My disinclination aside, I do have some legitimate gripes. If you're pissed at your horror fans, have the guts to express it! Don't snag romance fans under your trailer hitch and then drag them through the slimy gutter of your acute contempt for readers. It makes you look like a raging asshole. Also, it's a little tacky making a controlling woman a stand-in for your addiction (maybe I mean derivative) but it's even worse when you decide her physique is what makes her unfeminine and worthy of even more, if it's possible, contempt. There are a lot of reasons to dislike this woman (she is an inhuman monster after all) but her physique seems like the least of our author's problems.

She did not want to hear about his concordance and indices because to her Misery and the characters surrounding her were perfectly real.

One of my favorite bits of the book was the author's underestimation of Number One Fan's grasp of the obligations of the story-teller to their audience. But I won't ruin it. You're just going to have to read it to find out about the weekly serials and fairness.



Now about that movie... Don't forget to check out Michael's post.






rating: 3 of 5 stars




Coming up next:
 

Empire of the Sun by JG Ballard




2 comments:

  1. Well, us *up* here in So Cal have gone through 3 days of baked dry (8% humidity) Santa Ana Winds, 97° F (oh sorry, I meant 36° C) desert heat. The sea breeze just returned this late afternoon. I think I wouldn’t mind a bit of whatever you have down in NZ right about now ;-).

    I was surprised you picked a Stephen King novel, but glad it was this one. At least it was a one-star improvement over last month’s book. I do see your point, though, about choosing a genre King doesn’t come close to toiling in and using it as a weapon at his fan base. It would have been better to bring it closer to home. But as he put it, he was a Scheherazade to himself.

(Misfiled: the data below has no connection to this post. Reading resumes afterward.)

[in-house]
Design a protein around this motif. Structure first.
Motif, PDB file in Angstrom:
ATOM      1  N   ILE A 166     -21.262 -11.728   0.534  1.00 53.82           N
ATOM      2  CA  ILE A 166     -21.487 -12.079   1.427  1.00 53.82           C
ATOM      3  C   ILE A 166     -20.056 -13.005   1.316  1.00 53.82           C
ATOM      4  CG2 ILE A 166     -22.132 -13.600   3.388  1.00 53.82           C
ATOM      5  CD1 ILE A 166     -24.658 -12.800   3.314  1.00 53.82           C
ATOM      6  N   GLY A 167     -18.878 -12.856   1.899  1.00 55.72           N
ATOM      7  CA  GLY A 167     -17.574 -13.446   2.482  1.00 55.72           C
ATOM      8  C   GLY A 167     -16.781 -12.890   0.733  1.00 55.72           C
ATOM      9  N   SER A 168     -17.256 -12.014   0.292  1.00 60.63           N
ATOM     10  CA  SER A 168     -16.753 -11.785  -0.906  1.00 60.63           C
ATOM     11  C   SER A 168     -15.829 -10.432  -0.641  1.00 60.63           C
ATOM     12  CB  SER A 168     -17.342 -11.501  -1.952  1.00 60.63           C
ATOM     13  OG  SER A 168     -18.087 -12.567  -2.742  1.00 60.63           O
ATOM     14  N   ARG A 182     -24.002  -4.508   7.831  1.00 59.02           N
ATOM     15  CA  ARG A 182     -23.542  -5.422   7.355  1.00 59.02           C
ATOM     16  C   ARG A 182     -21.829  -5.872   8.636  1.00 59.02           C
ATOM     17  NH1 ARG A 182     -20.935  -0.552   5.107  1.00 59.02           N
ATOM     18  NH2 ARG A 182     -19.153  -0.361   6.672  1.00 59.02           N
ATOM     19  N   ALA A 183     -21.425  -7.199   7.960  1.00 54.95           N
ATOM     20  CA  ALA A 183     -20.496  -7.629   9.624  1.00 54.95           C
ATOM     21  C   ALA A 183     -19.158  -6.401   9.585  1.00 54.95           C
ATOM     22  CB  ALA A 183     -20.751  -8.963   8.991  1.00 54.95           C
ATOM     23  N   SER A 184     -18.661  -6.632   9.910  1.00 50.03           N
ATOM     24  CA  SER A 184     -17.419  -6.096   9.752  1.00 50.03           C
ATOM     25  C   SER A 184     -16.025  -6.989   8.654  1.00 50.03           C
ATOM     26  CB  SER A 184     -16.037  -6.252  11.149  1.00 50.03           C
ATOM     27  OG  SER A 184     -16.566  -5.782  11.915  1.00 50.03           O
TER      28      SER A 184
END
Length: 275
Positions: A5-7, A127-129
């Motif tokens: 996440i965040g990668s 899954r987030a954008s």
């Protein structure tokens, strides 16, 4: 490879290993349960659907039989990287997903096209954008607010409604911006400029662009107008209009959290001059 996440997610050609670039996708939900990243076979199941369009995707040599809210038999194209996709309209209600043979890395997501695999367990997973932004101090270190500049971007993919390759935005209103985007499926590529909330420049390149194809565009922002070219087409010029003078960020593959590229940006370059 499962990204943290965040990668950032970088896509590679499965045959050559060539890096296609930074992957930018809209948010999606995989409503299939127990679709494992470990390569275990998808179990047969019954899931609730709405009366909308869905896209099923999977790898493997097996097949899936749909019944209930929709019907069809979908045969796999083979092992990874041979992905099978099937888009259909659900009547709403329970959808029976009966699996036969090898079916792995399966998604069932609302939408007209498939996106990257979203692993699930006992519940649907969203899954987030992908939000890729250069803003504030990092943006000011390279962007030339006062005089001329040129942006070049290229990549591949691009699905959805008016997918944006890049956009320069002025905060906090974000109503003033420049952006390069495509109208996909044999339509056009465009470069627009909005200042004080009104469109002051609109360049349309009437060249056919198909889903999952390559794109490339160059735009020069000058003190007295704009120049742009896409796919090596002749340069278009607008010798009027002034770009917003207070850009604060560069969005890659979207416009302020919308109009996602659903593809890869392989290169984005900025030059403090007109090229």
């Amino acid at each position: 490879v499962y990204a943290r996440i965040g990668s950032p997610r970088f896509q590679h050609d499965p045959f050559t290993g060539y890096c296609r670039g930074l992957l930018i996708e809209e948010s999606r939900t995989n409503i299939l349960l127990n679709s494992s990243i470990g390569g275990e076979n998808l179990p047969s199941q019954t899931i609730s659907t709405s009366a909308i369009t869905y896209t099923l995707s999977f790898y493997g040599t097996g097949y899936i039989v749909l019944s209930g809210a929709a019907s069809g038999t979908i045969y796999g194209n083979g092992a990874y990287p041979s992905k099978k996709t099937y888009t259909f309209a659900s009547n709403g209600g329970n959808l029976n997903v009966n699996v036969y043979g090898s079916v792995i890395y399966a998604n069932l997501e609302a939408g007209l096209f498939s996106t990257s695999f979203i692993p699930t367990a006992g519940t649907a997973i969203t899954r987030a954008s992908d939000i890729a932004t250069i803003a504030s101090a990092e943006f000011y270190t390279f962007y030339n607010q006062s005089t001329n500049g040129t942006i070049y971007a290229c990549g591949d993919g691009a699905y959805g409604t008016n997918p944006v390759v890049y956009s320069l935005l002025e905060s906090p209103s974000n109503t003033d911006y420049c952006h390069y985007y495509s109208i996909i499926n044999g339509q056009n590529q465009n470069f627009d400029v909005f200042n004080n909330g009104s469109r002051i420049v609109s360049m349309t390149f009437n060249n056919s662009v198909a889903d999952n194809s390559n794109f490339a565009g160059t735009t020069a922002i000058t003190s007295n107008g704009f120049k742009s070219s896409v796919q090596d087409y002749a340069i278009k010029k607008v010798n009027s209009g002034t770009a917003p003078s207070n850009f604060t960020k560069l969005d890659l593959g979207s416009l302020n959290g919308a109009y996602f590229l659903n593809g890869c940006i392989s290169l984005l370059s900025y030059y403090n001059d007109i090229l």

I did like this better than you, natch, being one of his longtime fans and all. Though, as I mentioned *up here*, this novel ended that long streak I had going back to the 70s with SK books. All of the good related to the mechanics of being a novelist, along with the make-up and toll such creativity and imagination take.

    It’s not my favorite SK, but it did suck me in. Annie was something, wasn’t she.? God, I hated her, but I did feel some discomfort with some things. Most notably (without giving away some of the ending) Paul thinking and action during the coup de grace. Hateful comes to mind. That aside, it was an intriguing, if wince inducing, novel by Stephen King.

    Glad I got to read it again because I don’t think I would have come back to it, or maybe this soon. Thanks, Rachel :-)

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  2. You can be jealous of our last few days then. Beautiful, clear sunny days with highs of only 55-60. And not too dry. :)

    I'm glad to have picked an SK that you can enjoy. I selfishly wish SK wrote stories I was more interested in as I think quite highly of his writing skill. Ah well. I can't have them all. ha! I am thinking of reading his book on writing, though, since that seems to be my favorite thing about him.

    Annie was something. What a truly terrifying character. She was very violent but it was her phsychological abuse that I found oogiest. Uncontrolled violence seems so much easier to dismiss but focused mental torture is a completely different level. She was so good at tapping into Sheldon's greatest fears and exploiting them. SK can write that kind of thing well no matter what but I would imagine it was doubly successful here if Annie really was his addiction.

    On to the next one! Thanks!